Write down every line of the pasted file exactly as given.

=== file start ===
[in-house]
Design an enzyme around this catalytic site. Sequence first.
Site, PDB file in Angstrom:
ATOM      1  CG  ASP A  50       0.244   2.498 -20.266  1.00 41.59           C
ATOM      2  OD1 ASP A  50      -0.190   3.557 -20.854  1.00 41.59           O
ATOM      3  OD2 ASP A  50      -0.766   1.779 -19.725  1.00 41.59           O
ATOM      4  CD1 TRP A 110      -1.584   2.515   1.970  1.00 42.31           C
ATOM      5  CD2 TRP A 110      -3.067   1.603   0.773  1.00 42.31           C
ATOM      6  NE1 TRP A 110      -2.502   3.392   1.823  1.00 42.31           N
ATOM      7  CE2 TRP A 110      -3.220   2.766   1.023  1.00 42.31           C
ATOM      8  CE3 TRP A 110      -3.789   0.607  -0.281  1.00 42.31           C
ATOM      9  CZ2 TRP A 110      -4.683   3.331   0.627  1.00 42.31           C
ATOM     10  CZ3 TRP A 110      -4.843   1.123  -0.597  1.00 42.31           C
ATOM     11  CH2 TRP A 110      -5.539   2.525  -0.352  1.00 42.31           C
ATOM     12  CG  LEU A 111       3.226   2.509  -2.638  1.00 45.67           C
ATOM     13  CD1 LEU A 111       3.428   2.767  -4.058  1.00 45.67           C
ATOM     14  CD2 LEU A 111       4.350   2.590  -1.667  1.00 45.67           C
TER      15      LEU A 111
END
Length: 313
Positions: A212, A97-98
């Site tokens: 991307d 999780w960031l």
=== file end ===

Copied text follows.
[in-house]
Design an enzyme around this catalytic site. Sequence first.
Site, PDB file in Angstrom:
ATOM      1  CG  ASP A  50       0.244   2.498 -20.266  1.00 41.59           C
ATOM      2  OD1 ASP A  50      -0.190   3.557 -20.854  1.00 41.59           O
ATOM      3  OD2 ASP A  50      -0.766   1.779 -19.725  1.00 41.59           O
ATOM      4  CD1 TRP A 110      -1.584   2.515   1.970  1.00 42.31           C
ATOM      5  CD2 TRP A 110      -3.067   1.603   0.773  1.00 42.31           C
ATOM      6  NE1 TRP A 110      -2.502   3.392   1.823  1.00 42.31           N
ATOM      7  CE2 TRP A 110      -3.220   2.766   1.023  1.00 42.31           C
ATOM      8  CE3 TRP A 110      -3.789   0.607  -0.281  1.00 42.31           C
ATOM      9  CZ2 TRP A 110      -4.683   3.331   0.627  1.00 42.31           C
ATOM     10  CZ3 TRP A 110      -4.843   1.123  -0.597  1.00 42.31           C
ATOM     11  CH2 TRP A 110      -5.539   2.525  -0.352  1.00 42.31           C
ATOM     12  CG  LEU A 111       3.226   2.509  -2.638  1.00 45.67           C
ATOM     13  CD1 LEU A 111       3.428   2.767  -4.058  1.00 45.67           C
ATOM     14  CD2 LEU A 111       4.350   2.590  -1.667  1.00 45.67           C
TER      15      LEU A 111
END
Length: 313
Positions: A212, A97-98
């Site tokens: 991307d 999780w960031l």